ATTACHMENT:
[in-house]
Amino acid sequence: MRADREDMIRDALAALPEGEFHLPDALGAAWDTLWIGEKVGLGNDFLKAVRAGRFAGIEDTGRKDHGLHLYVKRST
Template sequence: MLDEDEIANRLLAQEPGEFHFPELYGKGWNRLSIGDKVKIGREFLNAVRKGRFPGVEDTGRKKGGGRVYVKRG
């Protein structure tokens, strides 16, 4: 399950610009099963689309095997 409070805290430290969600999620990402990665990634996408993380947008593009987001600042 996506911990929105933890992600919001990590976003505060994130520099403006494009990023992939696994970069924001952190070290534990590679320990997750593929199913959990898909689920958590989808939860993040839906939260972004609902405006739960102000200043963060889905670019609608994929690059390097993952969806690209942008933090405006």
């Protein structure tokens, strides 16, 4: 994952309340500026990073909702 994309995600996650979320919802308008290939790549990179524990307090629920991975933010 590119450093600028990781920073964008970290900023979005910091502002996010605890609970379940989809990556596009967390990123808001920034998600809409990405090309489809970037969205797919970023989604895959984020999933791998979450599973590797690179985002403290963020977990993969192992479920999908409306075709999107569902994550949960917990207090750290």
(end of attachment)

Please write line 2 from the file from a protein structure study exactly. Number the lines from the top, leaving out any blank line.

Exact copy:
Amino acid sequence: MRADREDMIRDALAALPEGEFHLPDALGAAWDTLWIGEKVGLGNDFLKAVRAGRFAGIEDTGRKDHGLHLYVKRST